General Surgery

General surgeons provide comprehensive surgical care to a range of different patients, including patients who suffer from diseases and conditions which effect the oesophagus, stomach, small bowel, colon, liver, pancreas, gallbladder, appendix and bile ducts, the skin, breast and soft tissue.

Clinical Practice

General surgeons work within both public and private facilities, providing emergency and elective surgical services and outpatient care. General Surgeons also often provide outreach surgical services to regional, rural and remote patients. Procedures commonly performed by a general surgeon may include; oesophagectomy, gastrectomy, hiatus hernia repair, laparoscopic cholecystectomy, splenectomy, hemicolectomy, hysterectomy, and mastectomy.

Statistics and information - General Surgery

Number of specialists - QLD

Number of new fellows - QLD

Number of specialists - AUS

Number of new fellows - AUS

Average weekly hours

Average Age

% Aged 60+

39% of 2018 workforce intend to retire by 2028

Proportion Female/Male - QLD


Location - QLD

Major cities

Public/Private QLD


Number of trainees - QLD

Number of new trainees - QLD

Number of trainees - AUS

Number of new trainees - AUS

PGY new trainees - QLD

Proportion Female/Male - QLD


Length of Training

4-5 years full-time

Method of Allocation

College-selected trainees may be allocated to a training post by:

  • College
  • Queensland Health pathway/network (centrally coordinated)
  • Queensland Health facility (accredited for training)

Training and assessment summary

For detailed information in relation to training and assessment requirements, please contact RACS.

Training program overview

General surgery trainees are selected directly into the sub-specialty and progress through the SET (Surgical Education and Training) program, an integrated program designed to provide clinical and operative experience to enable trainees to engage in the comprehensive care of surgical patients. The main components of SET training are placements in hospital posts, short courses (skills and specialty-specific), research and assessments. Upon completing all requirements of the training program, trainees may apply for admission to Fellowship of RACS.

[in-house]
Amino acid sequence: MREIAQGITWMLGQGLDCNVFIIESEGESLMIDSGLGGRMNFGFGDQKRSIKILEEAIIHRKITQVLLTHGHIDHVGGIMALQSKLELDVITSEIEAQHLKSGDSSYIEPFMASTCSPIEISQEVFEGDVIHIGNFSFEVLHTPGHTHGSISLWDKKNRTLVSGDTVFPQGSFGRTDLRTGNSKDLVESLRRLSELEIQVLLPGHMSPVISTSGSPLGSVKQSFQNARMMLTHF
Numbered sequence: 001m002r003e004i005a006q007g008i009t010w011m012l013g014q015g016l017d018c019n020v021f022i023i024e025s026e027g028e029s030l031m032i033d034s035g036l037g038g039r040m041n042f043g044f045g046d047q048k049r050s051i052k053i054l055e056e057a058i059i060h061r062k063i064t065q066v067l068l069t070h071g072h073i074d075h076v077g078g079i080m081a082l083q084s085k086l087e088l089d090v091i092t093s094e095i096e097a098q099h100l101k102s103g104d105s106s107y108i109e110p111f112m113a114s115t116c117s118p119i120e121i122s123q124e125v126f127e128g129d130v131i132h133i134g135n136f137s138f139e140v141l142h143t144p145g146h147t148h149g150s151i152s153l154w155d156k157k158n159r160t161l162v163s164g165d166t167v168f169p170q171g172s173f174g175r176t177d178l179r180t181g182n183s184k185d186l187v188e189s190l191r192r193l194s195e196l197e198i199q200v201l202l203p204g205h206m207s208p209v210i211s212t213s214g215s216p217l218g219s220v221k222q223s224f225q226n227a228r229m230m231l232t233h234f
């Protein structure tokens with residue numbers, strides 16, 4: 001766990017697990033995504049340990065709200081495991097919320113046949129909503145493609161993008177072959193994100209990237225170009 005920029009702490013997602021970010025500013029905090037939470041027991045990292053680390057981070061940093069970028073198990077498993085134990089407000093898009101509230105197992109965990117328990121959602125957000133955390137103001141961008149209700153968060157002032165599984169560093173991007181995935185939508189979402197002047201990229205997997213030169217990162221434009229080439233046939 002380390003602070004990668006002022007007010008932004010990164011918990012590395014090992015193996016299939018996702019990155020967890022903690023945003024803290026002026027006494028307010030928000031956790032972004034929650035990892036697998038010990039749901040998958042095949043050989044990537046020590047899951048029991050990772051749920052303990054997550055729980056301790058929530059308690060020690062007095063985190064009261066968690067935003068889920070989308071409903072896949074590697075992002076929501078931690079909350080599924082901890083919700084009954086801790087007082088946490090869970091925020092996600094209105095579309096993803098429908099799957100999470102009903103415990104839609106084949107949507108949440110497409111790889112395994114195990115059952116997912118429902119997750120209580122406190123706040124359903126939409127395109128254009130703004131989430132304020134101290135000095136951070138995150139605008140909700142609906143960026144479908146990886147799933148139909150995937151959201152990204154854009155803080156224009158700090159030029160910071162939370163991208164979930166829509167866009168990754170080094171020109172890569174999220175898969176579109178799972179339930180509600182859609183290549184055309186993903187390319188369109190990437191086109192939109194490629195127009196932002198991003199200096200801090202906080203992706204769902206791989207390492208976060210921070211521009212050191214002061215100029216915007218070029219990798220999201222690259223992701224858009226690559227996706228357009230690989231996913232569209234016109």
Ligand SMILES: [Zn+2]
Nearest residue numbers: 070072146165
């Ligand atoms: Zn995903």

Applicants must have permanent residency or citizenship of Australia and New Zealand at the time of registration and hold general (unconditional) medical registration in Australia or general scope or restricted general scope registration in the relevant specialty in New Zealand. Applicants are also required to have successfully completed the RACS Hand Hygiene Learning Module and RACS Let’s Operate With Respect eModule and have passed the RACS Generic Surgical Science Examination (GSSE). In addition, applicants must have completed 26 weeks general surgery rotation and 8 weeks critical care rotation. Further details are available from RACS.


Minimum 50% of full-time commitment however trainees must apply to the relevant specialty board at least 6 months prior to the proposed commencement of part-time training. Training must be completed within 9 years.

Interrupted training

Trainees must apply to the relevant specialty board at least 6 months prior to the commencement of the training year in which the proposed interruption will commence.

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